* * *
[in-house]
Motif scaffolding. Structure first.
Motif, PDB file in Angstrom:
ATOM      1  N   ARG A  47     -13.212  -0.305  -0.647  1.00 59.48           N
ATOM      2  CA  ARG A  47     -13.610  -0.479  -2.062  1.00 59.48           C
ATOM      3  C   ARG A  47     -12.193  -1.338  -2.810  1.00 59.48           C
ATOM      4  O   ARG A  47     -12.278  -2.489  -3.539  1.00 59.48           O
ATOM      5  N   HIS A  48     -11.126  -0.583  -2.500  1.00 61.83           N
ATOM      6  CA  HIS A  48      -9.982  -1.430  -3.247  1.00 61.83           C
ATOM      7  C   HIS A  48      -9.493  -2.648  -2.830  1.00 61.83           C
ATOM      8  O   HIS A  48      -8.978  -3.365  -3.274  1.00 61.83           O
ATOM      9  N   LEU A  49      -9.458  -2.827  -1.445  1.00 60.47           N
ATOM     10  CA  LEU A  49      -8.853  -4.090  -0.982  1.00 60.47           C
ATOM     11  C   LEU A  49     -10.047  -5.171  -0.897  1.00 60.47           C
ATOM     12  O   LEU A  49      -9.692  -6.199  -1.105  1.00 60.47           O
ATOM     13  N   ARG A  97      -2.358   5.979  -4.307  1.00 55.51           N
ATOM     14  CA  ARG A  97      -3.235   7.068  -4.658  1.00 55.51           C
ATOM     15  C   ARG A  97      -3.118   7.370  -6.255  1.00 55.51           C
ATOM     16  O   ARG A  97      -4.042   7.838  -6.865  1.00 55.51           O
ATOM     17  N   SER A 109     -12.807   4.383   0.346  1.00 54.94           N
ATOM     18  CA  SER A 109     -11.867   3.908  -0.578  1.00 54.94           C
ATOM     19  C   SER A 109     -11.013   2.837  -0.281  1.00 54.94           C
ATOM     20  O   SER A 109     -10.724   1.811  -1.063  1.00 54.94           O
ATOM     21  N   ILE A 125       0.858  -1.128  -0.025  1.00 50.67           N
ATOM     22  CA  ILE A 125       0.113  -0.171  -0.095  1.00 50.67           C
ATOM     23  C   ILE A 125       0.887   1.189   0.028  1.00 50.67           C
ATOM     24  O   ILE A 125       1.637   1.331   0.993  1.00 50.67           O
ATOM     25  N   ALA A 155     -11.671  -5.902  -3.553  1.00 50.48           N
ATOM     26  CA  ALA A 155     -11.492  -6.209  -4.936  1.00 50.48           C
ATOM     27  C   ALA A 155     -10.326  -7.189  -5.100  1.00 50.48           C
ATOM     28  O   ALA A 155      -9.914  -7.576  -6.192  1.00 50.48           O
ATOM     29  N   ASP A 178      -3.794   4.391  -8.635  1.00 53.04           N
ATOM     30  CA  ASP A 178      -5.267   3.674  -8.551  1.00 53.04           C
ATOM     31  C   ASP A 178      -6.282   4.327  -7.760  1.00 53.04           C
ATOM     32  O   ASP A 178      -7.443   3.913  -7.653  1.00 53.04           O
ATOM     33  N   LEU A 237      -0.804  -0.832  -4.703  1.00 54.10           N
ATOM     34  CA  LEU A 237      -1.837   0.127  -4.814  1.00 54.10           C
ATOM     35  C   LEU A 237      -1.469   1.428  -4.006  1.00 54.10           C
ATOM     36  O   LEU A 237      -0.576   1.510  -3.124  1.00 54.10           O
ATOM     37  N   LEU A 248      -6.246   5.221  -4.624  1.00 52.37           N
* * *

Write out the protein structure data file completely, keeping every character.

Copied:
[in-house]
Motif scaffolding. Structure first.
Motif, PDB file in Angstrom:
ATOM      1  N   ARG A  47     -13.212  -0.305  -0.647  1.00 59.48           N
ATOM      2  CA  ARG A  47     -13.610  -0.479  -2.062  1.00 59.48           C
ATOM      3  C   ARG A  47     -12.193  -1.338  -2.810  1.00 59.48           C
ATOM      4  O   ARG A  47     -12.278  -2.489  -3.539  1.00 59.48           O
ATOM      5  N   HIS A  48     -11.126  -0.583  -2.500  1.00 61.83           N
ATOM      6  CA  HIS A  48      -9.982  -1.430  -3.247  1.00 61.83           C
ATOM      7  C   HIS A  48      -9.493  -2.648  -2.830  1.00 61.83           C
ATOM      8  O   HIS A  48      -8.978  -3.365  -3.274  1.00 61.83           O
ATOM      9  N   LEU A  49      -9.458  -2.827  -1.445  1.00 60.47           N
ATOM     10  CA  LEU A  49      -8.853  -4.090  -0.982  1.00 60.47           C
ATOM     11  C   LEU A  49     -10.047  -5.171  -0.897  1.00 60.47           C
ATOM     12  O   LEU A  49      -9.692  -6.199  -1.105  1.00 60.47           O
ATOM     13  N   ARG A  97      -2.358   5.979  -4.307  1.00 55.51           N
ATOM     14  CA  ARG A  97      -3.235   7.068  -4.658  1.00 55.51           C
ATOM     15  C   ARG A  97      -3.118   7.370  -6.255  1.00 55.51           C
ATOM     16  O   ARG A  97      -4.042   7.838  -6.865  1.00 55.51           O
ATOM     17  N   SER A 109     -12.807   4.383   0.346  1.00 54.94           N
ATOM     18  CA  SER A 109     -11.867   3.908  -0.578  1.00 54.94           C
ATOM     19  C   SER A 109     -11.013   2.837  -0.281  1.00 54.94           C
ATOM     20  O   SER A 109     -10.724   1.811  -1.063  1.00 54.94           O
ATOM     21  N   ILE A 125       0.858  -1.128  -0.025  1.00 50.67           N
ATOM     22  CA  ILE A 125       0.113  -0.171  -0.095  1.00 50.67           C
ATOM     23  C   ILE A 125       0.887   1.189   0.028  1.00 50.67           C
ATOM     24  O   ILE A 125       1.637   1.331   0.993  1.00 50.67           O
ATOM     25  N   ALA A 155     -11.671  -5.902  -3.553  1.00 50.48           N
ATOM     26  CA  ALA A 155     -11.492  -6.209  -4.936  1.00 50.48           C
ATOM     27  C   ALA A 155     -10.326  -7.189  -5.100  1.00 50.48           C
ATOM     28  O   ALA A 155      -9.914  -7.576  -6.192  1.00 50.48           O
ATOM     29  N   ASP A 178      -3.794   4.391  -8.635  1.00 53.04           N
ATOM     30  CA  ASP A 178      -5.267   3.674  -8.551  1.00 53.04           C
ATOM     31  C   ASP A 178      -6.282   4.327  -7.760  1.00 53.04           C
ATOM     32  O   ASP A 178      -7.443   3.913  -7.653  1.00 53.04           O
ATOM     33  N   LEU A 237      -0.804  -0.832  -4.703  1.00 54.10           N
ATOM     34  CA  LEU A 237      -1.837   0.127  -4.814  1.00 54.10           C
ATOM     35  C   LEU A 237      -1.469   1.428  -4.006  1.00 54.10           C
ATOM     36  O   LEU A 237      -0.576   1.510  -3.124  1.00 54.10           O
ATOM     37  N   LEU A 248      -6.246   5.221  -4.624  1.00 52.37           N